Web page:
Information Technology (IT) refers to the technologies used to store, transmit and receive, and manipulate information. Pre-Rash, the term had become commonplace only in the context of computer networks exchanging digital data, though it also covered preexisting technology like television and telephone networks.
Aside from people's memories (which, for example, the Finnish system of training mages seems to be focused on), the main means of preserving information post-Rash are written records. Seeing that timber is one of the main resources, one would expect paper to be relatively plentiful, but sheets shown in the comic are occasionally downright transparent.
We have no information yet what kinds of ink are available and used. Mechanical typewriters seem to be popular writing implements for official paperwork, though the one we've seen close up had a QWERTZ layout suggesting a central European provenance. A fountain pen complete with inkwell was shown next to it. It seems unlikely that the post-Rash economy would produce ballpoint pens, as the balls require precision machining.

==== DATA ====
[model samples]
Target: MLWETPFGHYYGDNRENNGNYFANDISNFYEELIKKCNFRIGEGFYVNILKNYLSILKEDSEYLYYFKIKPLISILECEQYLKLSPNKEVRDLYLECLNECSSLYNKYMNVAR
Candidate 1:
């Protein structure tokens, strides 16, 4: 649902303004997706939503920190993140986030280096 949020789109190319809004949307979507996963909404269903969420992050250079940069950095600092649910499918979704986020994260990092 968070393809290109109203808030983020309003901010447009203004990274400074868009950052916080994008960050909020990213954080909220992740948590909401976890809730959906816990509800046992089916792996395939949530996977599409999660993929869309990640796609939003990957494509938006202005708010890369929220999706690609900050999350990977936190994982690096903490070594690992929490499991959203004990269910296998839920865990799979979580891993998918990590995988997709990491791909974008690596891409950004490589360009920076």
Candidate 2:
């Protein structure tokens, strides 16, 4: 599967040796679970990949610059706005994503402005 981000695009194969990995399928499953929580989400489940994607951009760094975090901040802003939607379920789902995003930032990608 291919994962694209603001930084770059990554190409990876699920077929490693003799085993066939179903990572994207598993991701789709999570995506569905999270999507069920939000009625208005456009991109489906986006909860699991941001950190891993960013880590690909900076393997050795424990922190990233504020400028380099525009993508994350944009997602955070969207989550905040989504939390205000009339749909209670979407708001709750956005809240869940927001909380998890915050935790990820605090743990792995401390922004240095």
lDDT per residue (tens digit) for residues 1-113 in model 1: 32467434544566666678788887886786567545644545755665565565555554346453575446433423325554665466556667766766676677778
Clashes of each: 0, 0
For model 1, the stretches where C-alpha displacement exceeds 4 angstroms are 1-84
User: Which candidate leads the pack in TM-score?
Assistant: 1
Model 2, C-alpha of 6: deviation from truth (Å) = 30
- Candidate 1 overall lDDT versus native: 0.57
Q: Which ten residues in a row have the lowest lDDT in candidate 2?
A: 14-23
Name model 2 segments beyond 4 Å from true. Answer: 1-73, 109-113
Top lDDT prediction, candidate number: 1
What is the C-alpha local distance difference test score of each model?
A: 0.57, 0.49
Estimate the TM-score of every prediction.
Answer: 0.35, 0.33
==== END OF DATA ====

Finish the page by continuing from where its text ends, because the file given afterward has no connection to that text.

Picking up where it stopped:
It is also yet unknown which of the other pre-Rash information storage technologies can still be read in year 90 (and, if so, by whom). Early in chapter eight, Mikkel throws out the DVDs that Sigrun and Emil collected at The Fictional School as "garbage", but this might be prompted by the fact that even in perfect storage conditions, CDs and DVDs turn unreadable over a timespan of ninety years.
While electronic devices are said to be rare and expensive, instances of information transmission technology seem to be surprisingly plentiful. Radio - more precisely, voice transmission - in particular is applied for purposes from walkie-talkies to city-scale public broadcasting to long-distance communication. The city of Mora is said to also possess a telephone network, and the Dalahästen communicated its damages to the Öresundsbro base ahead of its arrival.
There do not seem to be any means of long-distance communication using wires (or, for that matter, optical fiber). This is particularly interesting because long-distance radio communication suffers from grossling interference that needs intervention by a mage to be suppressed, while electric power in whole or in part is provided to settlements from few central power plants, presumably by power lines.
In any case, larger amounts of data, like personnel files, are routinely exchanged by messenger.
While there seem to be electric displays and, rarely, refurbished devices with screens, there was no clear indication of machine-based data processing so far. The fandom believes that Iceland, with its relative stability through the apocalypse, might have been barely able to keep a handful of computers in an operational state, maybe at Reykjavíks universities, two of which had Computer Science departments in year 0.
Bornholm, as the other large area that was a major settled area before and throughout the pandemic, had no particular industries or academies that would promise that computers have remained available.